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Feutz recently followed up with Curcio in an interview to get his impression of the distance learning experience and how it has helped him in his desire to advance his career after spending 35 years in the HVACR trade.
Curcio started as an apprentice, working for a local commercial/industrial refrigeration contractor before forming his own company in 1976.
In 1979, he was offered a position with the New York Power Authority (NYPA) and is currently in charge of the HVAC department there.
Curcio completed his AAS Mechanical Degree at a local community college prior to enrolling in the FSU program. The NYPA has afforded him the opportunity to travel the United States to attend various seminars and visit manufacturers' training facilities. He said that with the completed FSU degree, his next area of focus would be a P.E. license, which he is currently studying for.
"As a student in the first program, Mike was one of the pioneers in the covered wagon, heading out West," said Feutz. "He experienced the problems that go along with a startup program, some which we never could imagine."
But with the kinks worked out, Curcio persisted - and had some thoughts on the program that he wanted to share with NEWS' readers via the interview with Feutz.
GETTING HIS FEET WETCurcio first learned about the program when he read an advertisement in a 2002 issue of the RSES Journal. His interest was piqued because he wanted to use his years of experience to gain a formal degree in HVACR. "I also wanted to advance within the NYPA and saw this program as an opportunity to accomplish my goal," he said.
The NYPA offers tuition reimbursement for their employees and closely monitored Curcio's academic efforts. Most recently, the company created a new HVAC engineering position for Curcio as a result of successfully completing the FSU program.
"Needless to say, I am excited about this news and feel that the time and effort was certainly worthwhile," he said.
Learning while working full-time can be a big obstacle to getting an advanced degree, but the online program made it a lot easier for Curcio.
"The online format afforded me the ability to continue my full-time position at NYPA," he said. "Compared to the conventional brick and mortar format, I was able to complete my weekly assignments around my work schedule, which does vary from time to time.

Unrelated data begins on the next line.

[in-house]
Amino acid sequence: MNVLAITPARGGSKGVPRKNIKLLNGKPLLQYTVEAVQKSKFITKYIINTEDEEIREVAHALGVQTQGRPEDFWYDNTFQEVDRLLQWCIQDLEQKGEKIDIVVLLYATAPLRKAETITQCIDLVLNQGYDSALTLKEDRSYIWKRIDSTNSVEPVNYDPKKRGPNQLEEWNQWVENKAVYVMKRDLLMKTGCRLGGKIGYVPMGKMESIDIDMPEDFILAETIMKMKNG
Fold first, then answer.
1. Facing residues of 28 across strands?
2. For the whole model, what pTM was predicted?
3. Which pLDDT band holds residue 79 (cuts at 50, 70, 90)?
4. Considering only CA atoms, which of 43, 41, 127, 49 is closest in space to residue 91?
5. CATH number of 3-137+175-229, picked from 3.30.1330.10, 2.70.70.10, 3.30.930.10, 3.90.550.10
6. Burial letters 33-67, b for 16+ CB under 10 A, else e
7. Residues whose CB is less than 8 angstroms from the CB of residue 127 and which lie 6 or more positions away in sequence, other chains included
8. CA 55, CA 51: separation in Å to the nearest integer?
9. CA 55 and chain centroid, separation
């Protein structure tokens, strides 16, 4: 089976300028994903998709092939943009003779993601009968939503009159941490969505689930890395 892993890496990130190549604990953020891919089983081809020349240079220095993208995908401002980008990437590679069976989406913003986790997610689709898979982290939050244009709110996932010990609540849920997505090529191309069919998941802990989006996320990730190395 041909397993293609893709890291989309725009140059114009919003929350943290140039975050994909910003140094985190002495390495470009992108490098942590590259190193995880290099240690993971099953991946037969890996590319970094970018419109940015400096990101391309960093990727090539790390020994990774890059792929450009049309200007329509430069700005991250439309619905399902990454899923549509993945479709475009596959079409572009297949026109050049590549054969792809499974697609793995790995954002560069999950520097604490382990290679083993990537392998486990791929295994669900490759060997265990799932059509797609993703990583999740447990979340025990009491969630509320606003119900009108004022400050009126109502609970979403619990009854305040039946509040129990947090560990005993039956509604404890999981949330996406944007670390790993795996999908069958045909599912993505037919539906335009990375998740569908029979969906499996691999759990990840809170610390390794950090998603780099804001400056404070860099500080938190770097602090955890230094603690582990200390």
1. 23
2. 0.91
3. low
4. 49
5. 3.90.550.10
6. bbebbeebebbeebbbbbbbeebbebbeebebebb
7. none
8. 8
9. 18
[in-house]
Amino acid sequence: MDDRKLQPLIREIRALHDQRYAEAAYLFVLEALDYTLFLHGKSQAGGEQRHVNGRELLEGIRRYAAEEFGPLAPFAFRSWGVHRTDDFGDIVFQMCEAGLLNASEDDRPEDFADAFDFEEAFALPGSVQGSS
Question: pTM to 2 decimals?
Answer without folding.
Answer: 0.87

"I maintained the ability to work overtime, when asked, without the anxiety of missing a class. All in all, it not only worked out well for myself, but for my fellow classmates in similar situations."
Curcio, along with his cyber classmates, had a variety of technical content to learn, as well as general education classes. Some of the training that he enjoyed the most included hydronics, load calculations, and energy auditing.
"Having spent several years working on closed loop chilled water systems, this program tied in all of the various aspects I deal with on a daily basis and then went a step beyond," he said.
"I gained a heightened awareness of pump sizing, configurations, variable-speed pumping systems, and the pump selection process.
"With respect to load calculations, I found these exercises to be extremely valuable. In my current position at NYPA I deal primarily with facility operations. I do not normally have an opportunity to size equipment whereas this program did just the opposite. I can think of three separate occasions where each student had to review drawings and develop a comprehensive overview of each facility and its respective loads."
Curcio also liked the idea of putting down his calculator and learning about some nontechnical issues through the general education courses.
"It was actually refreshing to focus on other things like creative writing and cultural issues," he said.
"My communication classes were extremely valuable in the sense that now I find myself listening more effectively and articulating my thoughts more succinctly."
And his classmates? It took a little while for Curcio to get used to the fact that he wasn't in a classroom setting with other people, able to physically interact with them.
"We established our own style of communications such as e-mail, cell phones, and snail mail," he said. "Often times we would phone each other to discuss assignment strategies and delegate various duties when working on a group project.
"I have made several new friends whom I still remain in touch with. I hope this continues well into the future as these individuals all possess vast amounts of experience and knowledge in the HVACR industry."
Did Curcio miss the face-to-face interaction with other students? "At this point in my life, I am focused on getting the job done," he said.
"That said, face-to-face interaction would certainly have streamlined our efforts given the fact that many of my fellow classmates had similar goals and work ethics."